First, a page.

Monday, 6 June 2011

Tony: London Serial Killer

A recent British film that shows the effects on the psyche of economic hardship is Tony: London Serial Killer. Directed by Gerard Johnson on a budget of £40k the film is shot on location in Dalston, Hackney (very close to where I live as it happens) and follows the life of the socially inadequate Tony as he tries to connect with the people around him in the bleak urban environment of London’s East End. Unfortunately the only way he seems able to do this is through murder.

The film has been compared to Taxi Driver and Henry: Portrait of a Serial Killer as a study of social alienation and in my opinion is worthy of the comparison. At the heart of the film is a startling performance by Peter Ferdinando as Tony, a character loosely based on real life London serial killer, Dennis Nilsen. But whereas Nilsen, by all accounts, was a dominant personality, Ferdinando plays Tony as a timid, passive-aggressive rather ‘nerdish’ man who vents his anger and frustration by quietly, and sometimes unexpectedly, hammering, strangling and suffocating his victims to death.

Like Nilsen though, Tony seems both sexually and socially confused – one is never quite sure of his orientation – if he has one – and over the course of the film we see him variously trying to make sexual/social contact with a prostitute and a gay man who picks him up in the pub he frequents. What Tony clearly is though, is desperately lonely, and the great insight of the film is that it makes clear how human relations suffer in such dire economic circumstances. The only people Tony encounters are all equally desperate as he is and see him as someone to use and abuse. In a darkly humorous sequence, Tony tags along with two junkies as they go to score some heroin and then invites them back to his flat for a beer and a smoke. However by the time the two scag-heads have zonked out on the settee, Tony has had enough and out come the plastic bag and duck tape.

The theme of exploitation is extended to the portrayal of authority in the film. In one of the most effect sequences, Tony (who perhaps not surprisingly is long-term unemployed) is sent for an interview by the job centre to work as a billboard man for a tanning shop. The owner of the shop wants Tony to work fourteen hours a day for a pittance and threatens to have the Job Centre cut off his benefits if he refuses. In the next scene Tony visits an east European prostitute who rebukes his offer of five pounds for a ‘cuddle’. The clever juxtaposition of these two scenes deftly underlines the exploitation that faces people like Tony and the prostitute who are living on the fringes of society.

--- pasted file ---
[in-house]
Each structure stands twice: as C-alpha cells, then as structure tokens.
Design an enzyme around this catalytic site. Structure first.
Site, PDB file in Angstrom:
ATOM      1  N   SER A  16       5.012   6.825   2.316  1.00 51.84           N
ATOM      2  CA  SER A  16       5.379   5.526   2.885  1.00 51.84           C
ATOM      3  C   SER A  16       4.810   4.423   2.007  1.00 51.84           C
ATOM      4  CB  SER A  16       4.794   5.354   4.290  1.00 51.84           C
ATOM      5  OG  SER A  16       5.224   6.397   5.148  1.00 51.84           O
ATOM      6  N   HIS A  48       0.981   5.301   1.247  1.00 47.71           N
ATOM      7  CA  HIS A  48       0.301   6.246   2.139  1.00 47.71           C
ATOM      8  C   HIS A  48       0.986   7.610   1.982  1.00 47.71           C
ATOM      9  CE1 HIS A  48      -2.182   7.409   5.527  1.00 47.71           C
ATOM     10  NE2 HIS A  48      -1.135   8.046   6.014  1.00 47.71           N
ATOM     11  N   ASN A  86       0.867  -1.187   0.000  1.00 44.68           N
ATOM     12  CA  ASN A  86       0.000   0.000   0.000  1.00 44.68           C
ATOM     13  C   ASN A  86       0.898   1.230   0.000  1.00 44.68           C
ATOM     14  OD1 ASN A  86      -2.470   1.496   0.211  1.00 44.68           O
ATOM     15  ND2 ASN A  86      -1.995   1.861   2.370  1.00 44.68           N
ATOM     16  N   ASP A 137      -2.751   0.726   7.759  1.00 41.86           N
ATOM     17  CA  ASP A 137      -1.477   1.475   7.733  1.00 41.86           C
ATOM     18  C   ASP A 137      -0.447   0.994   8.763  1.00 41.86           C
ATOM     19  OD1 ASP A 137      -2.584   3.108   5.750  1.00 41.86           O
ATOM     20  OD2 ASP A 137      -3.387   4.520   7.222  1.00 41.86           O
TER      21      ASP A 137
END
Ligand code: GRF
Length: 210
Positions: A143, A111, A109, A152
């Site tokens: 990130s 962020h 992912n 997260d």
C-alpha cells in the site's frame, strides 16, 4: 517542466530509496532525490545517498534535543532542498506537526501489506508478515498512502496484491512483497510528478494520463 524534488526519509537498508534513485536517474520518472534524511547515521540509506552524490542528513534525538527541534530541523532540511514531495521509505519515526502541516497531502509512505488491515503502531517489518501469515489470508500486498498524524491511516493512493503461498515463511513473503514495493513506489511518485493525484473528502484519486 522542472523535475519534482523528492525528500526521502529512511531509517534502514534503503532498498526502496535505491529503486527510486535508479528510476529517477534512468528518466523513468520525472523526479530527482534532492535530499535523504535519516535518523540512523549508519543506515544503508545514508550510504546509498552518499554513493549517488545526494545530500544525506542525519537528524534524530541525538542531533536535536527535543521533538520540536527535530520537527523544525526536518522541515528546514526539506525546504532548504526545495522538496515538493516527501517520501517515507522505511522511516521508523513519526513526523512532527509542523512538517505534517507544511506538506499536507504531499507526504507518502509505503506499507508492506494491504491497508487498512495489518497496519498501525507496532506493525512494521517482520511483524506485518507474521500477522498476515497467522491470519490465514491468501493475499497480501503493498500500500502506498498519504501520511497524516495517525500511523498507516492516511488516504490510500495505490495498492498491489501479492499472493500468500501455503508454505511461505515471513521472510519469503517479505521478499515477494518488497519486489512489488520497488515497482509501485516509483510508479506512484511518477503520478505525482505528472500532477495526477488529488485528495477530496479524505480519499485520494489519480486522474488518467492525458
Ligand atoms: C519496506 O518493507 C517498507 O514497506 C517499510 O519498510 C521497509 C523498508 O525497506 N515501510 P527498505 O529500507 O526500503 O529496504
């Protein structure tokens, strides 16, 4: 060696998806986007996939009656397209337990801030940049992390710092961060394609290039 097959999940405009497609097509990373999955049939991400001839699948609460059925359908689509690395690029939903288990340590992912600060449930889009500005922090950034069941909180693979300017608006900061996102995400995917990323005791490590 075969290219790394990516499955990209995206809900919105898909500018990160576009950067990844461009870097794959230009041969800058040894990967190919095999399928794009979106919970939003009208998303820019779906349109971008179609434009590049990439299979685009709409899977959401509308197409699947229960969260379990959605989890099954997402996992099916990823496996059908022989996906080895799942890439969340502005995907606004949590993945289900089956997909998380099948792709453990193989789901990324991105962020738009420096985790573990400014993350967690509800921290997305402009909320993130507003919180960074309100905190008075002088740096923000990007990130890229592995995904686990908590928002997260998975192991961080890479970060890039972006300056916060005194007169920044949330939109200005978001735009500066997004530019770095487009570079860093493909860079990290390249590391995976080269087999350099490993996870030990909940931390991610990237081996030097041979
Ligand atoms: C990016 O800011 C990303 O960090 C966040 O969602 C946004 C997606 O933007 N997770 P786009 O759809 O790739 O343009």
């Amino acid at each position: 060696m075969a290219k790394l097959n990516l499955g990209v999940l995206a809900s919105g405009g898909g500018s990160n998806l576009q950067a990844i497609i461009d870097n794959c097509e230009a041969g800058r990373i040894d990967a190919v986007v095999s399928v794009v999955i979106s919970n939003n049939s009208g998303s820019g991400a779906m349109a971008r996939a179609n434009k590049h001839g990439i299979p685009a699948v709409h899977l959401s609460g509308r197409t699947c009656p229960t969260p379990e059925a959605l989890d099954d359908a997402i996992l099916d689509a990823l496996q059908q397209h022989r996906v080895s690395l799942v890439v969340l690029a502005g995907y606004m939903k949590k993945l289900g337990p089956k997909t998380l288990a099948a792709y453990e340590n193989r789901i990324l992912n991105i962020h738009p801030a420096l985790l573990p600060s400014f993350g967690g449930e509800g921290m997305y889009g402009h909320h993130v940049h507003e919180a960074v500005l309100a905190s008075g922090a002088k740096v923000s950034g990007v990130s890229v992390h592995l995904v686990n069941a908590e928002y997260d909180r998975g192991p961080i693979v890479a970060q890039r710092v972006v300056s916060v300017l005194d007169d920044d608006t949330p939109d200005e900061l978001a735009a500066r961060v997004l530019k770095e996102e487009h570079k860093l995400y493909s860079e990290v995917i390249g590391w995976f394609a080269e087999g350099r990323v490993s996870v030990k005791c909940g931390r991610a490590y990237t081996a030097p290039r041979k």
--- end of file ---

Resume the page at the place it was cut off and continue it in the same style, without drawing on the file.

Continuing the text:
Although Gerard Johnson shies away from labeling Tony as a horror film, preferring instead to describe it as a work of social realism, the film quietly gets under the skin. Less overtly shocking than Man Bites Dog, the shock here is ideological and thus creeps up on you. As Tony wanders aimlessly through Kings Cross at the end destined only to repeat his actions, I was left wondering if in Tony: London Serial Killer I had seen the true face of David Cameron’s ‘Big Society’.

4 comments:

Wes M said...

Excellent review Jon, this one is new to me. I'm sure this turns up on the Sky's Horror Channel from time to time - if I'm correct I shall set my HD box to stun next time I catch it in the listings... You mentioned Dennis Nilsen in the review Jon, which reminded me of another British serial killer film, 1989's Cold Light of Day, a film I know by name only...

Jon T said...

Thanks, Wes. I thought of Cold Light of Day as well. Not sure if it is on DVD. Must check.

Wes M said...

I finally caught up with Tony this w/end Jon (some 8 months after your original post, better late than never!) and I must say I was impressed - a great performance by Peter Ferdinando (reminding me of a young Gary Oldman), and fine direction by Gerard Johnson made this compulsive viewing. The storytelling was a bit ragged in places, but the subtlety of the film was commendable - Johnson could have easily filled the film to the gills with bloody carnage, but the film is all the better for concentrating on the everyday violence of inner city living - the kind of thing that really does unnerve. By the way, I noticed the excellent soundtrack is done by none other than The The and the sharing of surnames by director Gerard Johnson and The The's Matt Johnson seemed too much of a coincidence - I checked it out and they are in fact brothers. I would pick this up on DVD, it's a film I would revisit again...

Jon T said...

Glad you enjoyed it, Wes. It's great when a film has the courage of its convictions, like Tony has. I didn't know about the Matt Johnson-Gerard Johnson connection. I thought THE THE's music worked well though.